452 reputation
39
bio website clamoringinthedesert.wordpres…
location 2625 m de paranoia sobre el nivel del mar en alguna parte del trópico de cáncer
age
visits member for 2 years, 3 months
seen Dec 5 at 15:05

Alguien que clama en el desierto a 2625 metros de paranoia sobre el nivel del mar.

Analfabeta en muchas lenguas.


Nov
25
comment Equivalente en idioma inglés de La Real Academia Española
@rraallvv ¡Buena pregunta! Es algo que se preguntan muchos, aún en las academias nacionales. En mi opinión, la RAE es un mal necesario para mantener nuestra cohesión cultural, más que la idiomática. Me explico: El ing─║és se mantiene coherente gracias a los medios masivos de comunicación (todos ven CNN). El alemán y el francés tienen una cohesión cultural inherente que el castellano no tiene. Sin algo como la RAE, la lengua entraría en deriva especialmente en América. Por ejemplo, la academia nacional de los E.E.U.U. ha hecho maravillas para impedir que el castellano allí se vuelva un "pidgin".
Nov
24
comment “ir a «infinitive»” vs. future tense
Please take notice that in the sentence No se si la casa estará terminada a tiempo what defines uncertainty is the fragment No se si. If you say La casa estará terminada a tiempo what you are effectively saying is The house shall be built on time. Also notice that the last two sentences do not transliterate but do translate.
Nov
24
answered Equivalente en idioma inglés de La Real Academia Española
Nov
24
awarded  Commentator
Nov
24
comment ¿Cuándo usar “conseguir” o “lograr”?
@ErnestoMarrero Pues creo que si lo hice. :-) En castellano, conseguir y lograr son casi sinónimos de acuerdo al diccionario pero en cuanto al uso son diferentes, lo que se vé al obervar su uso de equivalencia con palabras inglesas que no son sinónimas. Y de otro lado, la frase idiomática inglesa no se traduce, ni significa, ninguna de esas palabras en castellano.
Nov
22
answered ¿Cuándo usar “conseguir” o “lograr”?
Nov
22
revised ¿Qué significa “la tercera edad”?
Better grammar and style.
Nov
22
suggested approved edit on ¿Qué significa “la tercera edad”?
Nov
1
awarded  Excavator
Nov
1
revised Significance of adjective placement
"they are" is not "there are", some needed words and copy-editing to make ideas clear. Punctuation, punctuation, punctuation.
Nov
1
suggested approved edit on Significance of adjective placement
Oct
5
comment How do you differentiate between walnuts and pecans in Spanish?
@jrdioko Here is the story: elmalpensante.com/… BTW, I personally have always found the definitions too off-the-mark. The emphasis on localisms ans rejection of the general consensus makes it almost useless for translation work; they just didn't think using the RAE's as a guideline was necessary.
Sep
29
revised Differences between “preocupado” and “molesto?”
Trying to make the concepts clearer.
Sep
29
suggested approved edit on Differences between “preocupado” and “molesto?”
Sep
29
comment Is it bad to address a young male as “señor”?
@Laura I'm a native speaker too. The point I'm trying to get across is that there is a big difference between dialect use and the general use style that one should recommend to the people that begin to learn the language. Only when you know a new language well enough and its cultural context will you have the skill to break the general rules. If you read Oir 4. in Dictionario Panhispánico de Dudas, you'll see what I mean. Of course, in some areas of America it is used with other meanings, but that doesn't make it the correct, general use case.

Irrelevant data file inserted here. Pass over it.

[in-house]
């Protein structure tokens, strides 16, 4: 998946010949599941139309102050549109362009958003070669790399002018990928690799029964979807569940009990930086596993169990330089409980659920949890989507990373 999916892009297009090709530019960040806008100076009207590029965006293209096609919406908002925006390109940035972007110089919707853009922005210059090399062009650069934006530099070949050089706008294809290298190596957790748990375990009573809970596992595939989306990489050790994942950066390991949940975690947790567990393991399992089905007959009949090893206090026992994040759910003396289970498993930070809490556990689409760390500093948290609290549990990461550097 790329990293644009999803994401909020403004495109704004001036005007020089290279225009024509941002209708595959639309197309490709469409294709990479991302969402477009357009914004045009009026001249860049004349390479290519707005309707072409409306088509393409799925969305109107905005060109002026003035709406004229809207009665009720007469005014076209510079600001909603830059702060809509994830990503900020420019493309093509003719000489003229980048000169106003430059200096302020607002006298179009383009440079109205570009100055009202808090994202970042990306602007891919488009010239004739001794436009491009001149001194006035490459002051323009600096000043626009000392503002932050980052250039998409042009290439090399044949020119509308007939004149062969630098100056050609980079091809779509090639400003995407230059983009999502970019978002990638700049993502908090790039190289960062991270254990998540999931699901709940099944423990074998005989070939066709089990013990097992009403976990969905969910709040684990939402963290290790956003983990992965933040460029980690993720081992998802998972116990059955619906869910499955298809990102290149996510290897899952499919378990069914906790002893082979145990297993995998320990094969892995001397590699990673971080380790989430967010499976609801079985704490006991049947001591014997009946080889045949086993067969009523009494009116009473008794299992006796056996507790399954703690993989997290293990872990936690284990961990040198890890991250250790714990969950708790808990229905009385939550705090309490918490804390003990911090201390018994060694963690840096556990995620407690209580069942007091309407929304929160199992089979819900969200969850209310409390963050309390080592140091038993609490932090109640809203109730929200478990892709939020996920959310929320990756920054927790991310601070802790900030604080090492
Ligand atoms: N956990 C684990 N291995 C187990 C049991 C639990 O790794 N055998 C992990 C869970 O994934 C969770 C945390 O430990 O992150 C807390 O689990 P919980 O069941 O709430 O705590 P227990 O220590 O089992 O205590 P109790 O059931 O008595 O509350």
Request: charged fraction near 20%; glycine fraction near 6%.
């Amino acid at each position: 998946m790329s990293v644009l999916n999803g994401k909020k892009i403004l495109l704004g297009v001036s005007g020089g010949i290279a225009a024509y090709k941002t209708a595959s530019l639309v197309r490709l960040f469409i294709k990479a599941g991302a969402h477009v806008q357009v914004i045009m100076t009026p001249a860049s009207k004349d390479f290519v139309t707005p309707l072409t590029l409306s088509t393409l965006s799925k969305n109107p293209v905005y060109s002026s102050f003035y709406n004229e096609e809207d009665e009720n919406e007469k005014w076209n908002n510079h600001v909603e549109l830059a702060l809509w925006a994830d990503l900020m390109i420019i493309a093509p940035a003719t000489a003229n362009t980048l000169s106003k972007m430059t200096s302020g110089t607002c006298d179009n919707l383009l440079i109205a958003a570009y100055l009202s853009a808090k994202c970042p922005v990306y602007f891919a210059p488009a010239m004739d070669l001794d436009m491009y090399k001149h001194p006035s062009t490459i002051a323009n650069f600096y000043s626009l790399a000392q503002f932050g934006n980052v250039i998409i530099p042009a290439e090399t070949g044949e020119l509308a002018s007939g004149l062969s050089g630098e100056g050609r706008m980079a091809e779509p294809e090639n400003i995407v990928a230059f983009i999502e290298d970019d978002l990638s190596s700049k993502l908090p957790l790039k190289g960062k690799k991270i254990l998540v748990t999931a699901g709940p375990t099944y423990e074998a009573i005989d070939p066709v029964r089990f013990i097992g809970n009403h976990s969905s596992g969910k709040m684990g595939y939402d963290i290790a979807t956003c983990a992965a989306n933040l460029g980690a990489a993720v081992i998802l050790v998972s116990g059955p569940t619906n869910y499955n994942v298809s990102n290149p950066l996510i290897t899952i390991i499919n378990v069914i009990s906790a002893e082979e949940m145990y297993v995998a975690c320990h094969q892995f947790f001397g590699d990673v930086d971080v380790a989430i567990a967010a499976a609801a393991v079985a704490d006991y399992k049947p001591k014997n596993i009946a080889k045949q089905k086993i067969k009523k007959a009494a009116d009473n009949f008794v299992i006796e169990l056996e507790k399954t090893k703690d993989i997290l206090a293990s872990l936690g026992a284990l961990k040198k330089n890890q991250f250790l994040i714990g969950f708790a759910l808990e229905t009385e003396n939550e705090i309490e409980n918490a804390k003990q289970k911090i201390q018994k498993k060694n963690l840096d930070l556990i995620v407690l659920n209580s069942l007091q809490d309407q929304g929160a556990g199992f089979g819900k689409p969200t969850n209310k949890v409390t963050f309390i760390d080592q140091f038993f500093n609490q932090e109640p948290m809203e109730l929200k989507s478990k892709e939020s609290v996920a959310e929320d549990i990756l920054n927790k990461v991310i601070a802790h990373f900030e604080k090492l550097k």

Sep
29
comment How do you differentiate between walnuts and pecans in Spanish?
@jrdioko I am familiar with the site and the history of that particular dictionary. To make things short, it started as a great project for 7 years, then it was sold off to OUP where all the original linguists and lexicographers were fired and "reshaped by the staff to fit the editorial policy", read butchered, and made into a flop. If you really want to own a great English-Spanish dictionary, I can't praise enough the Appleton-Cuyas'; it is bit long in the tooth and probably out-of-print, but I always find myself coming back to my old copy.
Sep
25
comment How to respond to ¿Cómo estás?
Do note that @Icarus example is sarcastic. You may use it with a close friend, but in casual conversation it won't convey the meaning you might want.
Sep
25
comment Is it bad to address a young male as “señor”?
@laura even if it is common use, it is demeaning because it creates a Master/Servant relationship. We do not live in feudal nor colonial times anymore. BTW, I don't place this in the context of political correctness which I personally detest, but rather in the context of politeness and respect for others. Each language has its usage and form, from the extreme honorific hyperbole of Japanese and Mandarin to the very relaxed usage of English in the USA (the West Coast in particular). Spanish is not particularly over the top but most native speakers seem to have forgotten the basics.
Sep
25
comment How do you differentiate between walnuts and pecans in Spanish?
@jrdioko Never believe anything you read in a random site on the Internet :-). WordReference is particularly bad when it comes to anything different to the English language in my experience. BTW, «fruto seco» is the educated term in peninsular Spanish; don't expect a contemporaneous native speaker from Spain to use that term naturally.
Sep
24
comment Is it bad to address a young male as “señor”?
"Oiga/Oye" and "Joven" (unless the man is under 20 and only if you are certain) is very bad form. It comes across as insulting or at least makes you look as someone of very low sociocultural origin. And were you in that person's neighborhood, you may not leave walking by yourself.